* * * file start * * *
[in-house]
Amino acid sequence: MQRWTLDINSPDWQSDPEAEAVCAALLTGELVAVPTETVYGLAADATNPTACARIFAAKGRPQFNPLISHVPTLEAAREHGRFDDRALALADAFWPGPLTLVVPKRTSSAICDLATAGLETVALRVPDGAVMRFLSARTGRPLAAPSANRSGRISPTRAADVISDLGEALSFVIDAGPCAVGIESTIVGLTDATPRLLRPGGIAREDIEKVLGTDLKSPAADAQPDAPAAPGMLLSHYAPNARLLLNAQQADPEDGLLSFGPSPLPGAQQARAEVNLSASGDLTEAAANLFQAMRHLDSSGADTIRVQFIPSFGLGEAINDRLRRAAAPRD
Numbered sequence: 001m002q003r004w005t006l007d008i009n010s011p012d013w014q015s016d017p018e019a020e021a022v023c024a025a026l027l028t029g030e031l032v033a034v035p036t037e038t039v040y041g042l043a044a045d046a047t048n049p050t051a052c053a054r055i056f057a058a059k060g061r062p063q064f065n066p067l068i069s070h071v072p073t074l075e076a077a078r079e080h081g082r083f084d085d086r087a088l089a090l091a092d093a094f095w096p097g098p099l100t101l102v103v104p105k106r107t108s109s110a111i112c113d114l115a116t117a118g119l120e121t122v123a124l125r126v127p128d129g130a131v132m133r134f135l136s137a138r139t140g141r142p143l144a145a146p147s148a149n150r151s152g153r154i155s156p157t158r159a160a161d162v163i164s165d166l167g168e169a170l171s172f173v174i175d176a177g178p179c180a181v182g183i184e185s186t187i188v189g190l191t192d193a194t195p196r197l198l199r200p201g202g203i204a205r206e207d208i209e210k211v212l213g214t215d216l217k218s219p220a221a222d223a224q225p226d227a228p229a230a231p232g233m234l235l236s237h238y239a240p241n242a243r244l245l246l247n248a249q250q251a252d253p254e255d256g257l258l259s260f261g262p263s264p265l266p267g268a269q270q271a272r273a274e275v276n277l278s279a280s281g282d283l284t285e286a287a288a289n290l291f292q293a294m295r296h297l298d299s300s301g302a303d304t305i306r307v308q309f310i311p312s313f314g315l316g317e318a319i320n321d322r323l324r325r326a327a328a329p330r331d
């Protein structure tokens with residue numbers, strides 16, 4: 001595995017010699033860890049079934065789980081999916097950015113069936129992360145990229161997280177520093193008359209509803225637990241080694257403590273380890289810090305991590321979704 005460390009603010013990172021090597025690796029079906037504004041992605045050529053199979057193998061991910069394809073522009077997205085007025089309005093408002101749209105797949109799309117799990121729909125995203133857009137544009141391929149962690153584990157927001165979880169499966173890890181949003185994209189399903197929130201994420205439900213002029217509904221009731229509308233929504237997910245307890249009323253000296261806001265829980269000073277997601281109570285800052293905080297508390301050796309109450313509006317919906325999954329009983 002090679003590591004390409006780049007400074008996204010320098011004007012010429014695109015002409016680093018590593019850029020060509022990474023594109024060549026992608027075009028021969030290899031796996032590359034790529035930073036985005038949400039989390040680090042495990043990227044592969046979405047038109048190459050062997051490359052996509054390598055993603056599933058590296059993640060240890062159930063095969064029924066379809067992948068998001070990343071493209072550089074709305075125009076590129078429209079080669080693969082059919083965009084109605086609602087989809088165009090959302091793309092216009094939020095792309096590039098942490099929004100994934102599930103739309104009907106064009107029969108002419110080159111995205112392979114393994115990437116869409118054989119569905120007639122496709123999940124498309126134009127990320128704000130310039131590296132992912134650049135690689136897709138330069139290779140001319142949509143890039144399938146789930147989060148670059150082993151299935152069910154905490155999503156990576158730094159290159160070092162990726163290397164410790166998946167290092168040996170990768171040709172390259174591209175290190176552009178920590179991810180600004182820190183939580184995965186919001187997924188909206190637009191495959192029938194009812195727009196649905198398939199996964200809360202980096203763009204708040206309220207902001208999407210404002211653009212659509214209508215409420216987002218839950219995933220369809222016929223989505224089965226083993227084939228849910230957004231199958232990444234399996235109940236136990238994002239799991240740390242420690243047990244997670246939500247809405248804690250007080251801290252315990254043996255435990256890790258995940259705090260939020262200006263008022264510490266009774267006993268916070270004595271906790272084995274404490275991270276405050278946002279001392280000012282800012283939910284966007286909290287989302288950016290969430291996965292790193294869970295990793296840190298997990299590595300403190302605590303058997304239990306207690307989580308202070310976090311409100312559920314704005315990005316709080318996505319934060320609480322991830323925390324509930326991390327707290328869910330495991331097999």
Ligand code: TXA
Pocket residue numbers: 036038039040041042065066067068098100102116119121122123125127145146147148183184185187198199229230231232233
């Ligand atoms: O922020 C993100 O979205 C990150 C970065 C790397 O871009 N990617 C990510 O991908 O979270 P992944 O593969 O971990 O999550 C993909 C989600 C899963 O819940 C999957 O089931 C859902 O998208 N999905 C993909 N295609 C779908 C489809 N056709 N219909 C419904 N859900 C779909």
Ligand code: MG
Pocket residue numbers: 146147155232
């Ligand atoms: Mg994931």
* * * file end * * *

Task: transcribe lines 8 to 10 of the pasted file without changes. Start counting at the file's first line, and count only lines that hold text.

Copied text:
Ligand code: MG
Pocket residue numbers: 146147155232
């Ligand atoms: Mg994931």